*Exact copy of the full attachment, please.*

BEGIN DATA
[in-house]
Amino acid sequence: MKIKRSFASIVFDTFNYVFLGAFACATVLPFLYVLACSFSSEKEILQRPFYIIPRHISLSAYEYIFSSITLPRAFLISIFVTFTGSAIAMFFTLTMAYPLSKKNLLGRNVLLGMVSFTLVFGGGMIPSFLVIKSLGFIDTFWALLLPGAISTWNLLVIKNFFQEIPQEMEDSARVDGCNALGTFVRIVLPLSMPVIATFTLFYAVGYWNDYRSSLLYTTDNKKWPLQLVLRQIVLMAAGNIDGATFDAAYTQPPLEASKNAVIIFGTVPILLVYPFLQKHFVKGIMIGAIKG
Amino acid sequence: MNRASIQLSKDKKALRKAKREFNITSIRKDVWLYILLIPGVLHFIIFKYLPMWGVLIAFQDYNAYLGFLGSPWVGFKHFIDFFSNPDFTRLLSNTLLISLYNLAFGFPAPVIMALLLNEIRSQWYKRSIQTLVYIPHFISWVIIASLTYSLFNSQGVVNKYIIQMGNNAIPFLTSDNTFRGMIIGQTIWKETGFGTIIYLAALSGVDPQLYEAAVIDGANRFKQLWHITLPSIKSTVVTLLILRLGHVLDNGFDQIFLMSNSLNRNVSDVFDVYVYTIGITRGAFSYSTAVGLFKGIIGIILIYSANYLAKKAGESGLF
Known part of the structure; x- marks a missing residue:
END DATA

[in-house]
Amino acid sequence: MKIKRSFASIVFDTFNYVFLGAFACATVLPFLYVLACSFSSEKEILQRPFYIIPRHISLSAYEYIFSSITLPRAFLISIFVTFTGSAIAMFFTLTMAYPLSKKNLLGRNVLLGMVSFTLVFGGGMIPSFLVIKSLGFIDTFWALLLPGAISTWNLLVIKNFFQEIPQEMEDSARVDGCNALGTFVRIVLPLSMPVIATFTLFYAVGYWNDYRSSLLYTTDNKKWPLQLVLRQIVLMAAGNIDGATFDAAYTQPPLEASKNAVIIFGTVPILLVYPFLQKHFVKGIMIGAIKG
Amino acid sequence: MNRASIQLSKDKKALRKAKREFNITSIRKDVWLYILLIPGVLHFIIFKYLPMWGVLIAFQDYNAYLGFLGSPWVGFKHFIDFFSNPDFTRLLSNTLLISLYNLAFGFPAPVIMALLLNEIRSQWYKRSIQTLVYIPHFISWVIIASLTYSLFNSQGVVNKYIIQMGNNAIPFLTSDNTFRGMIIGQTIWKETGFGTIIYLAALSGVDPQLYEAAVIDGANRFKQLWHITLPSIKSTVVTLLILRLGHVLDNGFDQIFLMSNSLNRNVSDVFDVYVYTIGITRGAFSYSTAVGLFKGIIGIILIYSANYLAKKAGESGLF
Known part of the structure; x- marks a missing residue: